How to bend and install electrical conduit

Brendan Lamothe

Key Takeaways

  • Mount all electrical boxes first.
  • Use proper connectors and ensure they are tightly installed.
  • Visualize the pipe routing path before drilling holes.

Site Build and Inspection Requirements

Building on-site requires compliance with various city inspections, including both framing and electrical inspections. In some towns, metal conduit and steel boxes are mandatory for electrical installations. As a former electrician, I know these can be challenging if you're new to them, but I'll guide you through the process.

To start, you need a 1900 bracket box. Use deck screws, not roofing nails or drywall screws, to avoid corrosion due to electrolysis. Mount all your boxes before starting other tasks to streamline the process.

Key Components and Tools

  • 1900 Bracket Box: Includes a bracket for easy stud mounting.
  • Deck Screws: Exterior grade screws to avoid rust.
  • Cordless Drill: For drilling through plates and joists.
  • Conduit and Steel Boxes
  • Connectors: Zinc connector set screw for half-inch conduit.

Steps for Electrical Installation

  1. Mounting Boxes: Use the bracket on the box to align it with your line. Anchor with deck screws.
  2. Layout Planning: Lay out the electrical flow, imagining it as water flow.
  3. Installing Connectors: Install zinc connectors on the boxes, ensuring they are tight.
  4. Drilling Holes: Visualize pipe paths, then drill holes using an inch-and-a-half bit.
  5. Running Conduit: Measure and cut conduit, then bend it as needed.


  • Avoid mounting boxes corner to corner to prevent lock ring collisions.
  • Steer clear of the center knockout when installing outlets to prevent screws from damaging wires.
  • Use a marker for clear hole placements.
  • Keep outlet heights at 16 inches from the ground and adjust drill height to at least 24 inches to accommodate conduit bends.

By following these steps and tips, you can successfully meet site build and inspection requirements, ensuring a smooth and efficient installation process.

Introduction to Metal Conduit and Steel Boxes

In this town, metal conduit and steel boxes are mandatory for electrical installations. For this build, you'll use what is known as a 1900 bracket box. This box has a bracket for easy mounting on studs. When mounting these boxes, it's necessary to use deck screws instead of roofing nails. Roofing nails are not code-compliant for this type of work.

Tools and Materials Needed

  • 1900 bracket boxes
  • Exterior-grade deck screws
  • Cordless drill
  • Zinc connector set screws for half-inch conduit
  • Conduit reamer
  • Channel locks (e.g., 430 channel locks without blue grips)
  • Milwaukee ink saw marker for marking outlets, switches, and holes

Steps for Installation

  1. Mounting the Boxes: Use the little tabs on the 1900 boxes to align them with the studs. Mount your switches at a standard height of 50 inches off the ground. Secure the box with deck screws at the top and bottom.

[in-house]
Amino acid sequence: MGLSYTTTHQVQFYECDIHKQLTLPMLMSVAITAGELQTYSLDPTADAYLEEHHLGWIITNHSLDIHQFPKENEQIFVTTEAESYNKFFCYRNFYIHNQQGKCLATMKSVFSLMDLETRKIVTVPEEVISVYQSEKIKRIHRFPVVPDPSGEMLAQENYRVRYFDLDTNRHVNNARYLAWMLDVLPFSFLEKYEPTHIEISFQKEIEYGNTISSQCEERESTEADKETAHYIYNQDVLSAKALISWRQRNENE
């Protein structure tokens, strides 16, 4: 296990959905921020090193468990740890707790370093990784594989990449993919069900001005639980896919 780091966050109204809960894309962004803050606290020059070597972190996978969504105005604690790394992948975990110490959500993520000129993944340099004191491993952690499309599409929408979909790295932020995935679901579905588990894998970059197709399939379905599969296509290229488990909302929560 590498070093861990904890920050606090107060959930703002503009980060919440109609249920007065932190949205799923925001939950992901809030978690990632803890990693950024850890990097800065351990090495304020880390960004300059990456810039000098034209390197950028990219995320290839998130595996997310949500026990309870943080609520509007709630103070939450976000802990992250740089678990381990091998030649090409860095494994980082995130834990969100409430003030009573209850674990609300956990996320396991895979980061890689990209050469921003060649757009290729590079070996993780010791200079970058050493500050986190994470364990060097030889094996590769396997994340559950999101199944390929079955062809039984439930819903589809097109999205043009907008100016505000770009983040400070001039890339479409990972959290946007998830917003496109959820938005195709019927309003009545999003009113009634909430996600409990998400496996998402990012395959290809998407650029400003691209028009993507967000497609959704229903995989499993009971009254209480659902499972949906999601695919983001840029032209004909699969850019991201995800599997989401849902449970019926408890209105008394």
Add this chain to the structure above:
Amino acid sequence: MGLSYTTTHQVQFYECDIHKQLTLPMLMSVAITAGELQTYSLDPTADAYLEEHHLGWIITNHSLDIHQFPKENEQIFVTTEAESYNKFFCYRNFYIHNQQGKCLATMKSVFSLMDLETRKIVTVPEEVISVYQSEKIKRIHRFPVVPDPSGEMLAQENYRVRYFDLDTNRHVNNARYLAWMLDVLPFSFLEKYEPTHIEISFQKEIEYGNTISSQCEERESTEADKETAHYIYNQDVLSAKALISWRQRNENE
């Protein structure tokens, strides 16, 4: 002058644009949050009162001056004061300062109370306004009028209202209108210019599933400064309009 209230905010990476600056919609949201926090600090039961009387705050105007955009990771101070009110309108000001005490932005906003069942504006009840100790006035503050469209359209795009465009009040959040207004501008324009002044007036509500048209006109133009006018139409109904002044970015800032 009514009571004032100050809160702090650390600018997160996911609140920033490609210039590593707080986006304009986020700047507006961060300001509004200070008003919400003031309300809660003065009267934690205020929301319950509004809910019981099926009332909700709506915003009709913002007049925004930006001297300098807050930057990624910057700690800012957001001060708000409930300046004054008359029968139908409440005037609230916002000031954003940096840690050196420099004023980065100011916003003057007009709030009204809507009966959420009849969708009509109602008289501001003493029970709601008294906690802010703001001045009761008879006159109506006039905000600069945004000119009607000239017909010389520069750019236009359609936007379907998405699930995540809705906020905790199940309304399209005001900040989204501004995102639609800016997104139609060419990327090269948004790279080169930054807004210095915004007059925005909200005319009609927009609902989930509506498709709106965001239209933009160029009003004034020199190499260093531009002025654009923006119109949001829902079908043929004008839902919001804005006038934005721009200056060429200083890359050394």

2. Orchestrate Your Workflow: Mount all your boxes before moving to the next step. This will streamline the process and enhance efficiency.

  3. Install Connectors: Use zinc connectors for attaching conduits to the boxes. Make sure to tighten these connectors securely because the conduit acts as the ground.

  4. Drill the Holes: Plan the pipe routes in advance. Use a proper drill bit (preferably not larger than needed) and avoid placing conduits in the center knockouts to prevent interference with outlet screws.

Key Heights for Marking

  • Switches: 50 inches off the ground
  • Outlets: 16 inches off the ground
  • Drill holes: 24-30 inches off the ground to accommodate bends and offsets

Use ink saw markers to ensure precision in your markings. Proper planning and execution will make your electric work smooth and efficient.

Mounting the 1900 Bracket Box

You need to begin by understanding the importance of using the appropriate materials for mounting the 1900 bracket box. Ensure you have deck screws for mounting, as required by code—roofing nails are not permissible. Choose exterior-grade screws to prevent rusting and electrolysis.

Materials Needed:

  • 1900 Bracket Box
  • Exterior-grade deck screws
  • Cordless drill


  1. Positioning the Box: Hold the 1900 bracket box against the stud at the desired height. Standard height for switches is 50 inches from the ground. Use the tabs on the box to align it with the stud.

  2. Marking and Securing:

    • Line up the box with your height mark.
    • Press the box so the little spikes hold it in place.
    • Ensure the box is level.
  3. Inserting Screws:

    • Drive a deck screw through the top hole.
    • Drive another screw through the bottom hole, ensuring both are secure.
  4. Continuing the Process: Install all your outlet boxes in the same manner before moving to the next steps like drilling and conduit installation.


  • Do not use drywall screws. They can cause rusting and lead to failure.
  • Pre-assemble materials like connectors to save time.